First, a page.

Resting Pitchface Podcast Producer // Official Houston Dynamo Reporter
Houston is definitely a resilient city. Since 2020’s pandemic changed the way the world works, Houston has shown its ability to bounce back from a stream of “unprecedented events”. The NWSL launched a summer tournament as the first professional sporting event since the pandemic had brought all events to a halt, and the Houston Dash came away with the inaugural Challenge Cup Championship trophy – the first hardware the team had earned since their 2014 launch. The Dash started up their pre-season at the beginning of February and put in two weeks of training before the next big event came along, this time in the shape of a winter storm, dropping temperatures to lows that the city hasn’t seen in decades starting the evening of Valentine’s Day.
The winter storm hit the state of Texas, and especially Houston, hard as the often-tropical climate means that buildings and infrastructure are simply not built or maintained at a level that can survive sustained freezing temperatures over 24 hours. Water lines broke and power supplies failed. The lack of power caused issues that required the boiling of water for supplies that managed to survive the initial freeze. Roads and bridges, packed with snow and ice, were dangerous and impassable as both vehicles and their drivers are largely unfamiliar with driving in winter weather conditions.
Some Houston soccer players reported their own struggles on social media. Zarek Valentin sat with his toddler while the temperature in his house dropped to 45°F. Christian Ramirez went to a neighbor’s house after several hours without power at his home and wondered cheekily why his city had issued a Boil Water Notice while the water itself had been off for hours. After three days of freezing-or-below temps, Houston’s soccer community jumped into action.
The Houston Dynamo FC and Dash launched a player fundraiser to support the community through and after the freeze. Originally set up to support Houston Mutual Aid, the Houston Food Bank, and Kids Meals Inc., the final funds went to the latter two as Houston Mutual Aid hit capacity for their donations after the initial announcement. After a week of fundraising, the teams collected $30,000 for the two organizations. Despite the fact that the Houston teams can often feel like the forgotten, orange-haired stepchildren of both leagues, the support from across the MLS and NWSL was amazing. Social media shares came from Minnesota United, LAFC, Atlanta, Racing Louisville, Angel City, Sky Blue, and a host of other teams, supporters’ groups, and organizations. It should also be noted that the other MLS teams in Texas held similar fundraisers, with Austin’s community matching Houston’s at $30k. Dallas was, as it always is, just a little short at almost $24,000 (I just had to).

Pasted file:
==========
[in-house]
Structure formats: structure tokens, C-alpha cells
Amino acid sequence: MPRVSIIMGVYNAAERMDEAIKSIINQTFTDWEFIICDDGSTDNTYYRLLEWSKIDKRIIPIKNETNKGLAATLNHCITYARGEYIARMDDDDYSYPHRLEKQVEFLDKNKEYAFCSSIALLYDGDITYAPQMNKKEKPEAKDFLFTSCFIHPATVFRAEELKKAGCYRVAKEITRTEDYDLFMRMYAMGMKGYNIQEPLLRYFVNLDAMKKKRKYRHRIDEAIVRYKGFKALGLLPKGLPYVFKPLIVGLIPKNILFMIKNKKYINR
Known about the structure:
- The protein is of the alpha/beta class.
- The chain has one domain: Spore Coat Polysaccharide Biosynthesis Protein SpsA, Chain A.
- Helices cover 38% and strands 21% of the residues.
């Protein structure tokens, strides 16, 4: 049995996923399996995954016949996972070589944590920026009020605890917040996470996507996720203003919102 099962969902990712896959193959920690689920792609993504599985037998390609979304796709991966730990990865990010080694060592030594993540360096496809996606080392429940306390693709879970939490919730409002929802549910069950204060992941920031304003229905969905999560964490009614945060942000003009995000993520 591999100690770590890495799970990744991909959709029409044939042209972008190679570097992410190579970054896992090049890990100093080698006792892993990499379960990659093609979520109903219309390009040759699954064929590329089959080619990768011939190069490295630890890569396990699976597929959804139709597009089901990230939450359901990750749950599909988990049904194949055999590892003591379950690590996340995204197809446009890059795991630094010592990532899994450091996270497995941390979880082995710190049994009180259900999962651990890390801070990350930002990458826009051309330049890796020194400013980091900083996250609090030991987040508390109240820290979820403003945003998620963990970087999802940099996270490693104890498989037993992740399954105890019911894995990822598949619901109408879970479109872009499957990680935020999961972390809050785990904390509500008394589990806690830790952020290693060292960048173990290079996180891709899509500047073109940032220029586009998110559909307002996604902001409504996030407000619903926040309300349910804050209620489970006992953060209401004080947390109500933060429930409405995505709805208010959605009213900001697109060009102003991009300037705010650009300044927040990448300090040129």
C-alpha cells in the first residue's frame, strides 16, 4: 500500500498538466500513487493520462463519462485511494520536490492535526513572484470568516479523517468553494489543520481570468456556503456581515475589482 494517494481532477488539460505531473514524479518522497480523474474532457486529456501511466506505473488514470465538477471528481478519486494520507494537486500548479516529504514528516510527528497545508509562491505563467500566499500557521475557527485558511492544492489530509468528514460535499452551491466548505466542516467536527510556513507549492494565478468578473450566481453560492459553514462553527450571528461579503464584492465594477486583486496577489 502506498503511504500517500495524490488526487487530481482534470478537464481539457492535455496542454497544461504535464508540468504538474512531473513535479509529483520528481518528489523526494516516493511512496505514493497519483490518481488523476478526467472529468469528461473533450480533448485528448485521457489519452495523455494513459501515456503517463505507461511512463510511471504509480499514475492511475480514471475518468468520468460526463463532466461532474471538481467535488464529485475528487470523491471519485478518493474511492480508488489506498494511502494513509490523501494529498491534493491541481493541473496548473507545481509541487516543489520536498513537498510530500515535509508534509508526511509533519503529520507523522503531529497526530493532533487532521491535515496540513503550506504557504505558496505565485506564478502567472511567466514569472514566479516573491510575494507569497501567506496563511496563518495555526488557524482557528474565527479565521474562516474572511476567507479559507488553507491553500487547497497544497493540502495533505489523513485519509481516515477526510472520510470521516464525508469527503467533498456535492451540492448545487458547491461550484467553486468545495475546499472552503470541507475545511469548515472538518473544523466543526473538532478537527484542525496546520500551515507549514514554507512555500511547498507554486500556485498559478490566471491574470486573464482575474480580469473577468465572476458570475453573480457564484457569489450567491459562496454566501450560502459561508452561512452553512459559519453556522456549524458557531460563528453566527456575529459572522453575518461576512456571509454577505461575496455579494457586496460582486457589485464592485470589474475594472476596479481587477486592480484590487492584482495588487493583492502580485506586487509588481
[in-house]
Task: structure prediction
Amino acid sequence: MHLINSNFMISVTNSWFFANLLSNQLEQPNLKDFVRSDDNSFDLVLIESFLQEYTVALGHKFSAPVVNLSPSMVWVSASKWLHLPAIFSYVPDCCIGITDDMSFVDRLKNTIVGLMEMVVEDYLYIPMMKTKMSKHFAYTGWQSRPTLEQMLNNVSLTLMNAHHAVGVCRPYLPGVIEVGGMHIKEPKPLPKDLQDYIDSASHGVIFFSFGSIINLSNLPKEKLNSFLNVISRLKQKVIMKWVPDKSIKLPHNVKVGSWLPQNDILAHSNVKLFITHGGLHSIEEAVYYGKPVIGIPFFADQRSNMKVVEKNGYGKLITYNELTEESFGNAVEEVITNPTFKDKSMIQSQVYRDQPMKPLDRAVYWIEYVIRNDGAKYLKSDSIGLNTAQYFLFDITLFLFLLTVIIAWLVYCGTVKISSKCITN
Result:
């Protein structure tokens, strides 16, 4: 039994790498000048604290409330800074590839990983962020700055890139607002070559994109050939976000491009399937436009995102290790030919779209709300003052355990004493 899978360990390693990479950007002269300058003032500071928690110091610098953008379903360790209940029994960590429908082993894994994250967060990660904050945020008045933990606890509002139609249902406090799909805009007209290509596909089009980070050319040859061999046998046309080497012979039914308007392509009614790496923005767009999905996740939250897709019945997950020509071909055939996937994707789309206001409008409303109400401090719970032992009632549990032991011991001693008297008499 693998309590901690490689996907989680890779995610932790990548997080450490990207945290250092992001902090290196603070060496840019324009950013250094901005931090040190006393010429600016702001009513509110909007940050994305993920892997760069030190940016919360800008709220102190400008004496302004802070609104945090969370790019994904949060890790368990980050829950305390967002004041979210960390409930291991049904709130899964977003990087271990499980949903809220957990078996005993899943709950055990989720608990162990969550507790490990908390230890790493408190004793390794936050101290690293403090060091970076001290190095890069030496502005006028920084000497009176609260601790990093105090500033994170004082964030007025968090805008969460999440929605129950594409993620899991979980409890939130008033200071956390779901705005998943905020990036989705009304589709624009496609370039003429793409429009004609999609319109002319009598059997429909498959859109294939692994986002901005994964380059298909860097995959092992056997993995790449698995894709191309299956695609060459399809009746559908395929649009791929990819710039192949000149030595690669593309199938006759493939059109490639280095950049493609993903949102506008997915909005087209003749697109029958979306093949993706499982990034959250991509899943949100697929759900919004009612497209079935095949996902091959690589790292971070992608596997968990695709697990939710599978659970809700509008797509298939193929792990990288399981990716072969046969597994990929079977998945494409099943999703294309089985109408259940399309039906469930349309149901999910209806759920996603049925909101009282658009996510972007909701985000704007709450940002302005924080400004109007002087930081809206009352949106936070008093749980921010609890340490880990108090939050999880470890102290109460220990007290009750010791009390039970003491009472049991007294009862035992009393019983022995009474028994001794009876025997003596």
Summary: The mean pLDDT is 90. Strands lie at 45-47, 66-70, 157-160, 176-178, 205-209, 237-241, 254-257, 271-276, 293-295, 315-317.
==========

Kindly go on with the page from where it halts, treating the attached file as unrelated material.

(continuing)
While a full recovery will take some time (I’m still not at 100% with my plumbing at home), Houston has mostly bounced back from the inclement weather. Temperatures one week after the big freeze reached almost 80°F and I got my first sunburn of the spring at one of the kid’s matches. The Houston Dash obtained their first pre-season notch on February 28 with a 0-5 win against the University of Texas Women’s Soccer in Austin. The Dynamo are also back to training and have dropped some pre-season fixture dates for later this month. Funds continue to be collected from an entertaining t-shirt collab featuring Dynamo players Christian Ramirez and Memo Rodriguez – you can get in on the fun and support the Houston Food Bank here.
The 2021 soccer seasons for both NWSL and MLS are on the horizon. Houston has tackled a lot in the last year AND month but will hopefully continue to show its ability to overcome, bring some stunning matches, and maybe just a little bit more silverware.
Featured image: Houston Dash
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